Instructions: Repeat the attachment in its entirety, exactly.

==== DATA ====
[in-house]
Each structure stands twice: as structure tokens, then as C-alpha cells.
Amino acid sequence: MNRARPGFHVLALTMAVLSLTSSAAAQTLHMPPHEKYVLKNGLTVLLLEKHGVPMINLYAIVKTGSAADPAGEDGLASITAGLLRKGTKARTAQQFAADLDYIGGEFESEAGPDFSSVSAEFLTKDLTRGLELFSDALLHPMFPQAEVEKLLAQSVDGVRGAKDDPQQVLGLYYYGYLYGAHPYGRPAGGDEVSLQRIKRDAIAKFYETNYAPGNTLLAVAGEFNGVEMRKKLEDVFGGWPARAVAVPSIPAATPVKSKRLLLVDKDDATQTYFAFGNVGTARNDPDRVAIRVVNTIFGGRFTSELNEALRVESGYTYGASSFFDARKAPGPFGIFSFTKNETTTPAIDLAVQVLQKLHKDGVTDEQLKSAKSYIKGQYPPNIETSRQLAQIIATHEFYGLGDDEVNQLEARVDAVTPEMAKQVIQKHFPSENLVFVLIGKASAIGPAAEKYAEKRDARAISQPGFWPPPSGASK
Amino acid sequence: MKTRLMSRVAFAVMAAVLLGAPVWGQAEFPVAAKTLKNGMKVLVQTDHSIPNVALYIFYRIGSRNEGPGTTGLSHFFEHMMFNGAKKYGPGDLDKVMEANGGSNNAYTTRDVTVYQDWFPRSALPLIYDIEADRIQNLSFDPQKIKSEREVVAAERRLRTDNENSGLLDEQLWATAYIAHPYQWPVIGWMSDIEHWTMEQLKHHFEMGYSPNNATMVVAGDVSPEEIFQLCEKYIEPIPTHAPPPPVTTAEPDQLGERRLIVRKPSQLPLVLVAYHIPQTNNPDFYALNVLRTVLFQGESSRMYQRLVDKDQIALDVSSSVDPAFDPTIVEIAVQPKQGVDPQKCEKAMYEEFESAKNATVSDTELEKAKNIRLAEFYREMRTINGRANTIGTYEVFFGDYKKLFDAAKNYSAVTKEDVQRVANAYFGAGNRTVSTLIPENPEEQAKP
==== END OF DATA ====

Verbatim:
[in-house]
Each structure stands twice: as structure tokens, then as C-alpha cells.
Amino acid sequence: MNRARPGFHVLALTMAVLSLTSSAAAQTLHMPPHEKYVLKNGLTVLLLEKHGVPMINLYAIVKTGSAADPAGEDGLASITAGLLRKGTKARTAQQFAADLDYIGGEFESEAGPDFSSVSAEFLTKDLTRGLELFSDALLHPMFPQAEVEKLLAQSVDGVRGAKDDPQQVLGLYYYGYLYGAHPYGRPAGGDEVSLQRIKRDAIAKFYETNYAPGNTLLAVAGEFNGVEMRKKLEDVFGGWPARAVAVPSIPAATPVKSKRLLLVDKDDATQTYFAFGNVGTARNDPDRVAIRVVNTIFGGRFTSELNEALRVESGYTYGASSFFDARKAPGPFGIFSFTKNETTTPAIDLAVQVLQKLHKDGVTDEQLKSAKSYIKGQYPPNIETSRQLAQIIATHEFYGLGDDEVNQLEARVDAVTPEMAKQVIQKHFPSENLVFVLIGKASAIGPAAEKYAEKRDARAISQPGFWPPPSGASK
Amino acid sequence: MKTRLMSRVAFAVMAAVLLGAPVWGQAEFPVAAKTLKNGMKVLVQTDHSIPNVALYIFYRIGSRNEGPGTTGLSHFFEHMMFNGAKKYGPGDLDKVMEANGGSNNAYTTRDVTVYQDWFPRSALPLIYDIEADRIQNLSFDPQKIKSEREVVAAERRLRTDNENSGLLDEQLWATAYIAHPYQWPVIGWMSDIEHWTMEQLKHHFEMGYSPNNATMVVAGDVSPEEIFQLCEKYIEPIPTHAPPPPVTTAEPDQLGERRLIVRKPSQLPLVLVAYHIPQTNNPDFYALNVLRTVLFQGESSRMYQRLVDKDQIALDVSSSVDPAFDPTIVEIAVQPKQGVDPQKCEKAMYEEFESAKNATVSDTELEKAKNIRLAEFYREMRTINGRANTIGTYEVFFGDYKKLFDAAKNYSAVTKEDVQRVANAYFGAGNRTVSTLIPENPEEQAKP